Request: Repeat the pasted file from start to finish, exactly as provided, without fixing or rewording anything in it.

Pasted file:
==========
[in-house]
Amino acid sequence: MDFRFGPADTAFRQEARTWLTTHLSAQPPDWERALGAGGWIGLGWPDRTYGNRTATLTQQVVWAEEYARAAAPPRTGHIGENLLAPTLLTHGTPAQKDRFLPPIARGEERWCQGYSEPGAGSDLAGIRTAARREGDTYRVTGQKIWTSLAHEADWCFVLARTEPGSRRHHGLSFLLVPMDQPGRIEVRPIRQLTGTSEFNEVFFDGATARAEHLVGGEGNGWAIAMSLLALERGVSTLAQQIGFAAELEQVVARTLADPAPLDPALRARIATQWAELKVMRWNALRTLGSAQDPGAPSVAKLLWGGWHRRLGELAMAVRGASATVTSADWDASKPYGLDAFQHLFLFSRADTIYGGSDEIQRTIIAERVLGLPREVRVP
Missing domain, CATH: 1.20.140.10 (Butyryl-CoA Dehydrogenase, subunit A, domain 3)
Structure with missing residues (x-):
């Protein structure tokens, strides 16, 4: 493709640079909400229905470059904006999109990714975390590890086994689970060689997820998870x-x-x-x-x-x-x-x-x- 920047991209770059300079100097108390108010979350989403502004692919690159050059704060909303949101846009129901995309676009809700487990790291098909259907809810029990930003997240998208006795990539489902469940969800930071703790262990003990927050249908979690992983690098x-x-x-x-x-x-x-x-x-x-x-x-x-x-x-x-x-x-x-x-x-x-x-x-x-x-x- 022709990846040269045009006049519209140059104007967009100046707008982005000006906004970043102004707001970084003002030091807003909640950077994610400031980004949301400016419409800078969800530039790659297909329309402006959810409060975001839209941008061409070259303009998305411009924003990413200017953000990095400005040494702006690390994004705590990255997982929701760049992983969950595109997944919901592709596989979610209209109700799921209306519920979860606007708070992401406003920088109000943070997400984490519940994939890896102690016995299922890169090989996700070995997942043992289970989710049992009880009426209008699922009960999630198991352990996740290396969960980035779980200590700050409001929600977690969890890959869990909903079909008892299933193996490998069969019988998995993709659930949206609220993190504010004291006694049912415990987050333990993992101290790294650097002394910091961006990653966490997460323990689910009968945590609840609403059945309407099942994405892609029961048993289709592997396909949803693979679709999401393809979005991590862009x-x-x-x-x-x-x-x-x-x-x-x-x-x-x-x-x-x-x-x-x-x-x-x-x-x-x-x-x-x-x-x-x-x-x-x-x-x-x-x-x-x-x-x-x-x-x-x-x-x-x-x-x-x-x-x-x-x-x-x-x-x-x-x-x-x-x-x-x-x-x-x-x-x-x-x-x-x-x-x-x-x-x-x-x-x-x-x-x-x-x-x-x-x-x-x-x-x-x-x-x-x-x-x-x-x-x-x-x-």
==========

[in-house]
Amino acid sequence: MDFRFGPADTAFRQEARTWLTTHLSAQPPDWERALGAGGWIGLGWPDRTYGNRTATLTQQVVWAEEYARAAAPPRTGHIGENLLAPTLLTHGTPAQKDRFLPPIARGEERWCQGYSEPGAGSDLAGIRTAARREGDTYRVTGQKIWTSLAHEADWCFVLARTEPGSRRHHGLSFLLVPMDQPGRIEVRPIRQLTGTSEFNEVFFDGATARAEHLVGGEGNGWAIAMSLLALERGVSTLAQQIGFAAELEQVVARTLADPAPLDPALRARIATQWAELKVMRWNALRTLGSAQDPGAPSVAKLLWGGWHRRLGELAMAVRGASATVTSADWDASKPYGLDAFQHLFLFSRADTIYGGSDEIQRTIIAERVLGLPREVRVP
Missing domain, CATH: 1.20.140.10 (Butyryl-CoA Dehydrogenase, subunit A, domain 3)
Structure with missing residues (x-):
């Protein structure tokens, strides 16, 4: 493709640079909400229905470059904006999109990714975390590890086994689970060689997820998870x-x-x-x-x-x-x-x-x- 920047991209770059300079100097108390108010979350989403502004692919690159050059704060909303949101846009129901995309676009809700487990790291098909259907809810029990930003997240998208006795990539489902469940969800930071703790262990003990927050249908979690992983690098x-x-x-x-x-x-x-x-x-x-x-x-x-x-x-x-x-x-x-x-x-x-x-x-x-x-x- 022709990846040269045009006049519209140059104007967009100046707008982005000006906004970043102004707001970084003002030091807003909640950077994610400031980004949301400016419409800078969800530039790659297909329309402006959810409060975001839209941008061409070259303009998305411009924003990413200017953000990095400005040494702006690390994004705590990255997982929701760049992983969950595109997944919901592709596989979610209209109700799921209306519920979860606007708070992401406003920088109000943070997400984490519940994939890896102690016995299922890169090989996700070995997942043992289970989710049992009880009426209008699922009960999630198991352990996740290396969960980035779980200590700050409001929600977690969890890959869990909903079909008892299933193996490998069969019988998995993709659930949206609220993190504010004291006694049912415990987050333990993992101290790294650097002394910091961006990653966490997460323990689910009968945590609840609403059945309407099942994405892609029961048993289709592997396909949803693979679709999401393809979005991590862009x-x-x-x-x-x-x-x-x-x-x-x-x-x-x-x-x-x-x-x-x-x-x-x-x-x-x-x-x-x-x-x-x-x-x-x-x-x-x-x-x-x-x-x-x-x-x-x-x-x-x-x-x-x-x-x-x-x-x-x-x-x-x-x-x-x-x-x-x-x-x-x-x-x-x-x-x-x-x-x-x-x-x-x-x-x-x-x-x-x-x-x-x-x-x-x-x-x-x-x-x-x-x-x-x-x-x-x-x-």